Posted by: Lisa Hill | October 16, 2010

Ulysses and Us, by Declan Kiberd

I heard about Ulysses and Us, The Art of Everyday Living when I was doing the group reading of James Joyce’s Ulysses that led to my Disordered Thoughts of an Amateurseries of posts.  So when I was in the Dublin Writers Museum shop, and saw it on the shelf, I abandoned my resolution not to buy any books with which to burden the suitcase – and bought it straight away, expecting to enjoy it.  Ulysses and Me is said to ‘reclaim’ Ulysses for the ordinary reader, and to rescue it from the academics who have so over-analysed it that it is now rarely included even in undergraduate reading lists because it’s considered too ‘difficult’.

Well maybe it wasn’t the right book to read while travelling, or maybe I should have read it as a chapter-by-chapter guide during the reading of Ulysses, but I was disappointed in it.  I’ve read Ulysses four times now, and each time I find interesting new things in it and I understand more of it.  Yet there were parts of Kiberd’s book that seemed to be about a different book entirely, and I doubt that it would encourage very many people to either start or continue with James Joyce’s book.   It doesn’t make me want to rush home and read it for the fifth time to see what Kiberd is on about either.  I’m not the slightest bit tempted to add weight to the suitcase by taking it back home either: it will be left here in Avila Spain where no doubt some hapless chambermaid will puzzle over it only briefly before consigning it to the bin.

Searching for the cover image for this post, I noticed that most of the online reviews of Ulysses and Us are written by scholars or academics.  That’s no surprise: few reviewers would be game to take it on if they didn’t feel reasonably au fait with the Ulysses itself.  But Kiberd claims to offer Ulysses back to ‘ordinary readers’ because Joyce claimed to have written it for us.  So really, it’s an ‘ordinary reader’ who should review Ulysses and Us.  (That’s why there’s a picture of a ‘dumb blonde’ on the cover, but Marilyn Monroe wasn’t a dumb blonde at all, so it’s an offensive allusion IMO).

For what it’s worth, in my opinion Ulysses is accessible to anyone who is reasonably well read.  There will be bits that are incomprehensible, and it’s best to simply move on to the next bits; re-readings will help and they will be a labour of love for this most satisfying of books.  But my caveat is crucial: someone who hasn’t read those works usually labelled the ‘canon’ isn’t going to enjoy the word games and parodies of literary styles that Joyce plays with.  And reading Kiberd’s book won’t help if that’s the case.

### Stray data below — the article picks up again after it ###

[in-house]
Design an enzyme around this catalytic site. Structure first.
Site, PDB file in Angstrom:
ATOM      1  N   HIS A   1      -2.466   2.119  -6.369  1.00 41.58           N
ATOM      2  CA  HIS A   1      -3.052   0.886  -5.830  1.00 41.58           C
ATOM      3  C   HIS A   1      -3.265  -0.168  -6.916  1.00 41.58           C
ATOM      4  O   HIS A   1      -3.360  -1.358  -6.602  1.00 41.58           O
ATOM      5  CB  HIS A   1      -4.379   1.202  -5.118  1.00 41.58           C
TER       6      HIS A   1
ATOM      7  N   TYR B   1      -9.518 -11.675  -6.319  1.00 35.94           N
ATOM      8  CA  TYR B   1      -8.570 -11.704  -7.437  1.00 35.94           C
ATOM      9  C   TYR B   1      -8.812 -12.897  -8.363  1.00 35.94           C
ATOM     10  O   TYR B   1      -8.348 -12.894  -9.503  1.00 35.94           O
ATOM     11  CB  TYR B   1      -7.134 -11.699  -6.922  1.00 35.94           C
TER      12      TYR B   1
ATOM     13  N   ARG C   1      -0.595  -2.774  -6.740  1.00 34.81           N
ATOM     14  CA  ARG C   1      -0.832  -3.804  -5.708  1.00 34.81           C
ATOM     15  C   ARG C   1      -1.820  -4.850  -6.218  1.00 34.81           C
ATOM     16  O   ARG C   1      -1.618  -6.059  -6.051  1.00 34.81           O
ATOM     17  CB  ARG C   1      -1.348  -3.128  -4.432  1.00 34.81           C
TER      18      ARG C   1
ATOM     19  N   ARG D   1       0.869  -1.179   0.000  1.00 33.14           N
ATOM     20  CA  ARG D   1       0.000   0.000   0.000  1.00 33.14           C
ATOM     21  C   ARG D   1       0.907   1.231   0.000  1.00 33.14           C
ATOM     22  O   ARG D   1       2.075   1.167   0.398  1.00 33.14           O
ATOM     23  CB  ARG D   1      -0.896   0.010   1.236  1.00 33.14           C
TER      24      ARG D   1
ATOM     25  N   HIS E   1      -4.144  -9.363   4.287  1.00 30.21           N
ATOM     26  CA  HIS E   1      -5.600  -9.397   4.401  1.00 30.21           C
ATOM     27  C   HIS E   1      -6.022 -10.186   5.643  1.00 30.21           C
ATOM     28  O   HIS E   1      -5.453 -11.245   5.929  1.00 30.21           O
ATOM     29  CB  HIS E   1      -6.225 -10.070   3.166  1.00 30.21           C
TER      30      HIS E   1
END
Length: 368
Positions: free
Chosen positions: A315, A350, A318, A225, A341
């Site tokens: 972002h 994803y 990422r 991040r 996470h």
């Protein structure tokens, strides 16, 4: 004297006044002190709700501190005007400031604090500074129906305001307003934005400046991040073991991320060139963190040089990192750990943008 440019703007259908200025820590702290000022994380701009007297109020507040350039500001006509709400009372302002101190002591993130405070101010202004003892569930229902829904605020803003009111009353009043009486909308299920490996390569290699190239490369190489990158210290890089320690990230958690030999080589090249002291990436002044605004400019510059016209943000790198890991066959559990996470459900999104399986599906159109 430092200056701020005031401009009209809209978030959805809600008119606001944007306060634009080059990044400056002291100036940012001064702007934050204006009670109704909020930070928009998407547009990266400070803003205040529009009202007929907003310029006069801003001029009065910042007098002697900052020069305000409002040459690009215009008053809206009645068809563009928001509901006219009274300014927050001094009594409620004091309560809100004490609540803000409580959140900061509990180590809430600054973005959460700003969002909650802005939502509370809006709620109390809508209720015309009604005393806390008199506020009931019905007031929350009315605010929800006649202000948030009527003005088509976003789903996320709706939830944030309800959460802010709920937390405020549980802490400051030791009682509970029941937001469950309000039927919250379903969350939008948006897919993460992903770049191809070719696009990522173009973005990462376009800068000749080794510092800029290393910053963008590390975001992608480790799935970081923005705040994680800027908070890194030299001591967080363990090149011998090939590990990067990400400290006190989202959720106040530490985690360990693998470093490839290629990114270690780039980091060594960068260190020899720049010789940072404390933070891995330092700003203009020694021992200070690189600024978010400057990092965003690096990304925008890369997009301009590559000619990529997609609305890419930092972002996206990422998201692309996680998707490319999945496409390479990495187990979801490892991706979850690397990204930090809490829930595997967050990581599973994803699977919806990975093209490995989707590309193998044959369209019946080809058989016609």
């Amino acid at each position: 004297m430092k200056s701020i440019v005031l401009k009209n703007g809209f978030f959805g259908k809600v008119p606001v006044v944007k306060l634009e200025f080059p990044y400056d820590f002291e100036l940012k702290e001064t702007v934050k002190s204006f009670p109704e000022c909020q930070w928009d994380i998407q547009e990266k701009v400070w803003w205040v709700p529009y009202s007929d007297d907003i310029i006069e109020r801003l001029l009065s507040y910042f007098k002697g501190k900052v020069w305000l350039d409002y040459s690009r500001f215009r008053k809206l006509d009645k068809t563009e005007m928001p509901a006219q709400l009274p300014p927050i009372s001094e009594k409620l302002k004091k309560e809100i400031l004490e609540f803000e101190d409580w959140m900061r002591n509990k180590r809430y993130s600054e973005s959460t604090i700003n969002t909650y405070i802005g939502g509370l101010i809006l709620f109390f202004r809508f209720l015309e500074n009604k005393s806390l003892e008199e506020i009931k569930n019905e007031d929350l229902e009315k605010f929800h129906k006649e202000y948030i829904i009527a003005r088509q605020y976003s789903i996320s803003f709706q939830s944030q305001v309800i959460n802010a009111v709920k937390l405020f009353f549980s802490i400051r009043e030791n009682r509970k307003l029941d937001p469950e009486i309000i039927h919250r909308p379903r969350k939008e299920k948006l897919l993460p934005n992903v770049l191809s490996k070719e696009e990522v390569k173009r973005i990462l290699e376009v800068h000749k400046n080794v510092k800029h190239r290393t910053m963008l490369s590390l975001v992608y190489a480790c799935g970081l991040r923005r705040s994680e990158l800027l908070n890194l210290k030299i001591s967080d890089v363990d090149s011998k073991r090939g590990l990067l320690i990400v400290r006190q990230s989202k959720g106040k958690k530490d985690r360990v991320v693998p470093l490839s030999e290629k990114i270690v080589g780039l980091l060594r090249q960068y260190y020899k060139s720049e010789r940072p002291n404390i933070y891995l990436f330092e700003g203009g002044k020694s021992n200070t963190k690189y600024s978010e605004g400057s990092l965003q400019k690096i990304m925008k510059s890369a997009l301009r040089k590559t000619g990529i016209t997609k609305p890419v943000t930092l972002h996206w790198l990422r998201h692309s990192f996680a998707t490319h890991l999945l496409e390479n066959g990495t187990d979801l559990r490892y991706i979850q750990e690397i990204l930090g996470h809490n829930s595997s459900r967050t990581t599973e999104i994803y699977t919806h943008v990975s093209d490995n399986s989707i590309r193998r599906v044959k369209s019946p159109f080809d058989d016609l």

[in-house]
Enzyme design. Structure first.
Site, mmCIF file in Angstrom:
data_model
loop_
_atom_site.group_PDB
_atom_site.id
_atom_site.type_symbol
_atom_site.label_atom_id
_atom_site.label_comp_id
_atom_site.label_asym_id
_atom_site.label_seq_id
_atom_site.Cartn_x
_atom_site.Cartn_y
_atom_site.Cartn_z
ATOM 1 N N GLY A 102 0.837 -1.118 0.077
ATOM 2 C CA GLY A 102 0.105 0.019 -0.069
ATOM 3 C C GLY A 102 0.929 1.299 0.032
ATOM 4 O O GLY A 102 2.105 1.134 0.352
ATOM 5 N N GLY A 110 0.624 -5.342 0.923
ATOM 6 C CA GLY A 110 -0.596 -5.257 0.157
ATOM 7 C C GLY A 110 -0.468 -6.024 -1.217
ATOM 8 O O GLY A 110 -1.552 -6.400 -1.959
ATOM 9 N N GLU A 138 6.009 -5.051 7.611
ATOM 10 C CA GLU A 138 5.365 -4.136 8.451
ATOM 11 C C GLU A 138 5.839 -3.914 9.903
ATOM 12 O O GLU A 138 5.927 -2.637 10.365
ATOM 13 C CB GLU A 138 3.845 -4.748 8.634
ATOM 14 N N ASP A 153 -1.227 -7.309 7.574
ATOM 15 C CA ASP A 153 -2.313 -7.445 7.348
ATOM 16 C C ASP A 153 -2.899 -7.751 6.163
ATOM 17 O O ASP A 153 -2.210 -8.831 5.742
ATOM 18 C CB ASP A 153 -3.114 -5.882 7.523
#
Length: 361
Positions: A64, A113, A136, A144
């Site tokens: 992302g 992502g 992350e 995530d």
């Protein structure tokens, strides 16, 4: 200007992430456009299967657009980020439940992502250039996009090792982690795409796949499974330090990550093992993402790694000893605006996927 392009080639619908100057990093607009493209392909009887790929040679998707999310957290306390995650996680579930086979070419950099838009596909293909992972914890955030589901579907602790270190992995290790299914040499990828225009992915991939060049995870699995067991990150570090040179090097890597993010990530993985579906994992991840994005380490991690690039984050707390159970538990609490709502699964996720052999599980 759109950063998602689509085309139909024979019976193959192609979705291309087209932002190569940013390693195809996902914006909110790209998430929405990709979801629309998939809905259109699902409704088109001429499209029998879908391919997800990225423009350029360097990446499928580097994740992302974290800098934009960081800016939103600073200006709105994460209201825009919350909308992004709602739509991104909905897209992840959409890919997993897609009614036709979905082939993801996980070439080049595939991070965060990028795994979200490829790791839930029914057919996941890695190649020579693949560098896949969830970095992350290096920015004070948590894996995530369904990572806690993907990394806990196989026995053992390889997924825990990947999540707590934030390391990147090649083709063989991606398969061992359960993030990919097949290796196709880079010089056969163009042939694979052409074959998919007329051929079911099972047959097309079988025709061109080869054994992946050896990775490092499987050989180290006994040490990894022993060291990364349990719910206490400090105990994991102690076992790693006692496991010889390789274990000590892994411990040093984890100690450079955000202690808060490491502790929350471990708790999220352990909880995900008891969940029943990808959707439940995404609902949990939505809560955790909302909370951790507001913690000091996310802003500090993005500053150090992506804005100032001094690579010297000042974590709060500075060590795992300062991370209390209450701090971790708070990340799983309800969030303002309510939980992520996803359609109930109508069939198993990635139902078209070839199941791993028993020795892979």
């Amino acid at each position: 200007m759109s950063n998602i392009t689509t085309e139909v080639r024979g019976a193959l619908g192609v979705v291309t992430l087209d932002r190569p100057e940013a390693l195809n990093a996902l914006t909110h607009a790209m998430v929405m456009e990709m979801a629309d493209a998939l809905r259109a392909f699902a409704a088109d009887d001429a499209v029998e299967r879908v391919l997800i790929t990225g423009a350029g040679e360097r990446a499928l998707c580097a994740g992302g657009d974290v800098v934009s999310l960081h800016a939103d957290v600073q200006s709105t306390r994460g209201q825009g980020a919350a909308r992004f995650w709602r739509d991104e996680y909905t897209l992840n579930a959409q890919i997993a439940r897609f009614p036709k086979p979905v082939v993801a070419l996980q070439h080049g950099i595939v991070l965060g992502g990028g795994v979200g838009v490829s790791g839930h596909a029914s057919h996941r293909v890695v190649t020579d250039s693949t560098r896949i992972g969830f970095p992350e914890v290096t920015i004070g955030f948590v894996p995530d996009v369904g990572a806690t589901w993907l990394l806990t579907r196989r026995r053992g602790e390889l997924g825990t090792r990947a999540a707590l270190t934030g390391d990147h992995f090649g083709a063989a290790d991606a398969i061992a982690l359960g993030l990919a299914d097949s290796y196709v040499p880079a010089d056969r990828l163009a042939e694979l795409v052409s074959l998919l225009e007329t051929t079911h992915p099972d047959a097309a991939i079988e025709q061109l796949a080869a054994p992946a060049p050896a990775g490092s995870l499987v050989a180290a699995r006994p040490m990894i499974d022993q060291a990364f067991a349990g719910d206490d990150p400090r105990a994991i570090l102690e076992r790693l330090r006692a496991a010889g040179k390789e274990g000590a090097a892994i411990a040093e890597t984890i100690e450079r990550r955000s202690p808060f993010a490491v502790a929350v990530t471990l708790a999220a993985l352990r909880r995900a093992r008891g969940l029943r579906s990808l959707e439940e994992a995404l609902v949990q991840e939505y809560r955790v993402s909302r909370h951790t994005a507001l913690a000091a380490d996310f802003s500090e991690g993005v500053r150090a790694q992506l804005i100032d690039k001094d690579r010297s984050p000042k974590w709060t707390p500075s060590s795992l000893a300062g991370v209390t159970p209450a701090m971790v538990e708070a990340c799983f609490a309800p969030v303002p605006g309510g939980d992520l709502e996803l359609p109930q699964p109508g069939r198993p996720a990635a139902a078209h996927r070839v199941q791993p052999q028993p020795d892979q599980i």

There are some interesting ideas in Ulysses and Us, but the heavy-duty Irish nationalism irritated me.  Yes, Joyce wrote the ultimate book about Dublin, but (a) you don’t need to have been to Dublin to love the book and (b) let’s not forget that Joyce (like most of Ireland’s great writers) abandoned his homeland and the religious and political strictures that made writing impossible there.  The stuff about Bloom being androgynous, a feminine male, a precursor to what is now called a metrosexual, nearly sabotaged my mental picture of Poldy strolling about in Dublin, and some of the Jungian psychology was more incomprehensible than anything in Ulysses.

IMO reading a whole book about Ulysses really isn’t necessary, there’s plenty of accessible stuff online if you want some help every now and again.  But Sean O’Hagan at The Guardian thought Ulysses and Me was terrific, so if you’re a university student with a thesis on Ulysses or James Joyce to write, his opinion is probably more useful to you than mine is.

PS There’s are guides to the canon such as Jane Gleeson White’s Classics, or Great Books by David Denby, but they are not substitutes for reading the books.

Author: Declan Kiberd
Title:  Ulysses and Us, The Art of Everyday Living
Publisher: Faber & Faber 2009
ISBN: 9780571242559
Source: Personal copy, bought from the Dublin Writers Museum shop, €10.99


Responses

  1. I enjoyed this book ,kilbride opens Ulysses up in wondeful way i will have this at hand the next time I reread Ulysses ,hope you had lovely day in the dublin,such a wonderful city ,all the best stu

  2. I’m very interested with your opinion here Lisa as I fondled this book multiple times whilst I was in Dublin. Seemed a rather Dublin book to buy. I nearly fell under it’s thrall. I remember walking towards a cashier with it once, but then put it down again. I haven’t read Ulysses once, let alone 4 times of course. I wondered if it might be useful as Ulysses for Dummies (or those too lazy to read the actual book), seeing as I was too stupid to get to the Ulysses Walking Tour. I’m probably glad that I put it down.

    • LOL Louise I haven’t seen Ulysses for Dummies though it has great appeal, but my point about this one is that it’s being marketed as a book that brings Joyce to ‘ordinary people’. And it’s not. There’s a whole chapter about Ulysses and Hamlet and how they have the same issues and let’s be honest, do most ‘ordinary people’ know Hamlet?


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